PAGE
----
Update on the latest in business:
Asian shares rally on US midterms, soothing fears of shifts
UNDATED (AP) — Asian markets are mostly higher today after the U.S. midterm elections went as expected, soothing fears of a sudden shift on trade and economic policies.
Japan’s benchmark Nikkei 225 rallied 1.8 percent, even as machinery orders slid a record 18.3 percent in September from the previous month because of natural disasters. South Korea’s Kospi rose 1.3 percent. Hong Kong’s Hang Seng added 0.8 percent while the Shanghai Composite was down 0.1 percent. Shares were higher in Taiwan, Singapore and Indonesia but fell in the Philippines.
On Wall Street Yesterday, S&P 500 index jumped 2.1 percent to 2,813.89, its highest level in four weeks. The Dow Jones Industrial Average was 2.1 percent higher at 26,180.30 and the Nasdaq composite advanced 2.6 percent to 7,570.75. The Russell 2000 index of smaller-company stocks added 1.7 percent to 1,582.16.
ECONOMY-THE DAY AHEAD
Major business and economic reports due out today
WASHINGTON (AP) — Freddie Mac releases its report on this week’s average mortgage rates today.
Also, Federal Reserve policymakers release a statement on interest rates.
The Fed appears on track to raise interest rates once more this year but will likely hold off on any action when its policy meeting ends today.
Still, investors will be parsing the statement the Fed will issue after its meeting for any sign that it might be rethinking its probable pace of credit tightening in the coming months.
On the corporate earnings front, the Walt Disney Co. reports quarterly financial results after the market closes.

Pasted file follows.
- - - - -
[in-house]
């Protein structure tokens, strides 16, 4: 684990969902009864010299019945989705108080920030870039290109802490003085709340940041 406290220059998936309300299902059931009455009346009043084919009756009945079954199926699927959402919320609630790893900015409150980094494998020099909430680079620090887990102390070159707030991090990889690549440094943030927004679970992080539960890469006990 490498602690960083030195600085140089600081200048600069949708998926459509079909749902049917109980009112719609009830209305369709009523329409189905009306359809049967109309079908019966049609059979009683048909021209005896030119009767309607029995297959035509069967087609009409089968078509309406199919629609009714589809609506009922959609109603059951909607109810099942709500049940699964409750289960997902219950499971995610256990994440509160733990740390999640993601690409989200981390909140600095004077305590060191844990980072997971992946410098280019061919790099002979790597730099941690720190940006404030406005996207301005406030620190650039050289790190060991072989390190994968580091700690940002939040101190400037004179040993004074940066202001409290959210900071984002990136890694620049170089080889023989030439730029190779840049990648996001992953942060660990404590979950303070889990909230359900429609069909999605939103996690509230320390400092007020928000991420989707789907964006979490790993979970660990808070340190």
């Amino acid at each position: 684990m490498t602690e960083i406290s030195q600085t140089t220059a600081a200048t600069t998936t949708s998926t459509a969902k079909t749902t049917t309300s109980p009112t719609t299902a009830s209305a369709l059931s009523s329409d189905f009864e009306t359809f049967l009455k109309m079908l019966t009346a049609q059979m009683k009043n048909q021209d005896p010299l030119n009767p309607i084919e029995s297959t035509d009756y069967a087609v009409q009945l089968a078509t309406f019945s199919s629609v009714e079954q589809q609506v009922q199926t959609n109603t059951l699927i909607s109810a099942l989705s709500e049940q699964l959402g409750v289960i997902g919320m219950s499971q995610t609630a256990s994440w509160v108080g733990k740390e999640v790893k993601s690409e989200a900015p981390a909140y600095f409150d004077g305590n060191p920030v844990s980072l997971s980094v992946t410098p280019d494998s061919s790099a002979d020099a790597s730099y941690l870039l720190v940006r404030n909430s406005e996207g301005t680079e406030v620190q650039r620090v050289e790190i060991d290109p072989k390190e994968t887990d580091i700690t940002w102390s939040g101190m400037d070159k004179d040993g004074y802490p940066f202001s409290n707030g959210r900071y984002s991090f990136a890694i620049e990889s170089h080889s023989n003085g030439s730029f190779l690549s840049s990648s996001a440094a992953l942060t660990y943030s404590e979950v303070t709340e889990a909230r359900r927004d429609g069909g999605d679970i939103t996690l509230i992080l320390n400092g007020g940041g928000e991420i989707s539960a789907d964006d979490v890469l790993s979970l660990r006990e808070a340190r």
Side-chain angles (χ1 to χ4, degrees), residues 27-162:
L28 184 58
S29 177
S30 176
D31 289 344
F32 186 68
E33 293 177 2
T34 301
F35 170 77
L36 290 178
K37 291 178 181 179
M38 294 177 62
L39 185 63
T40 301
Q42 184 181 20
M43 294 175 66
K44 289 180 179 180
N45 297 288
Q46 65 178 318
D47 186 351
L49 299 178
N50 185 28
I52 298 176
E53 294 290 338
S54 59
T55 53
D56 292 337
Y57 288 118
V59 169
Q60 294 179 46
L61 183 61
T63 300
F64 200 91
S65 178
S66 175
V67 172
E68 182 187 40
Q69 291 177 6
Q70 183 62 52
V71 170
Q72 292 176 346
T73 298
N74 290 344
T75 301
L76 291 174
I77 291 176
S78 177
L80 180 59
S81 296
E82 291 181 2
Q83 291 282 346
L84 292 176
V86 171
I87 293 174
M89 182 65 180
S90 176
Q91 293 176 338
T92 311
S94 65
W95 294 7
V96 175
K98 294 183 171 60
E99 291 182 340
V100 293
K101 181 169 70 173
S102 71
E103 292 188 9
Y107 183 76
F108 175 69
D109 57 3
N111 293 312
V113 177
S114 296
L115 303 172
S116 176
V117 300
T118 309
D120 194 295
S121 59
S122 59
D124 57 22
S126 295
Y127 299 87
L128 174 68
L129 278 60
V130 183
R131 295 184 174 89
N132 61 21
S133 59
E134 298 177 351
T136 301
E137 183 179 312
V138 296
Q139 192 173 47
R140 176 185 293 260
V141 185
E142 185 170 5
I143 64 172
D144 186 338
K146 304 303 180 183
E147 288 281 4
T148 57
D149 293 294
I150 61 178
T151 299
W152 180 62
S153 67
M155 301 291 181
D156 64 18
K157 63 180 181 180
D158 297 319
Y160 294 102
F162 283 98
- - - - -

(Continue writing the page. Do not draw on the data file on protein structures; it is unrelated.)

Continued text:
US consumer borrowing up solid $10.9 billion in September
WASHINGTON (AP) — Americans increased their borrowing by a solid amount in September. But the gain was less than half the big August surge as borrowing in the category that includes credit cards fell.
The Federal Reserve says consumer borrowing rose by a seasonally adjusted $10.9 billion following a gain of $22.9 billion in August. That had been the strongest increase in nine months.
The September increase was below economists’ expectations for a $16.5 billion gain. The category that covers auto loans and student loans rose a solid $11.2 billion. The category for credit cards fell by $311.6 million after having risen $4.6 billion in August.
Consumer borrowing is closely tracked for signs of consumers’ willingness to take on more debt to finance their purchases.
Tesla says Robyn Denholm of Telstra to be new board chair
BANGKOK (AP) — Tesla says that Robyn Denholm of Australia’s Telstra will become its new board chair.
The electric car company says in a statement that Denholm will leave Telstra after a six-month notice period with Australia’s biggest telecoms company. The appointment takes effect immediately: Denholm already is on Tesla’s board.
Tesla says Denholm’s post as board chair will be a full-time position.
Musk agreed to vacate his post as board chairman as part of a settlement with U.S. regulators of a lawsuit alleging he duped investors with misleading statements about a proposed buyout of the company.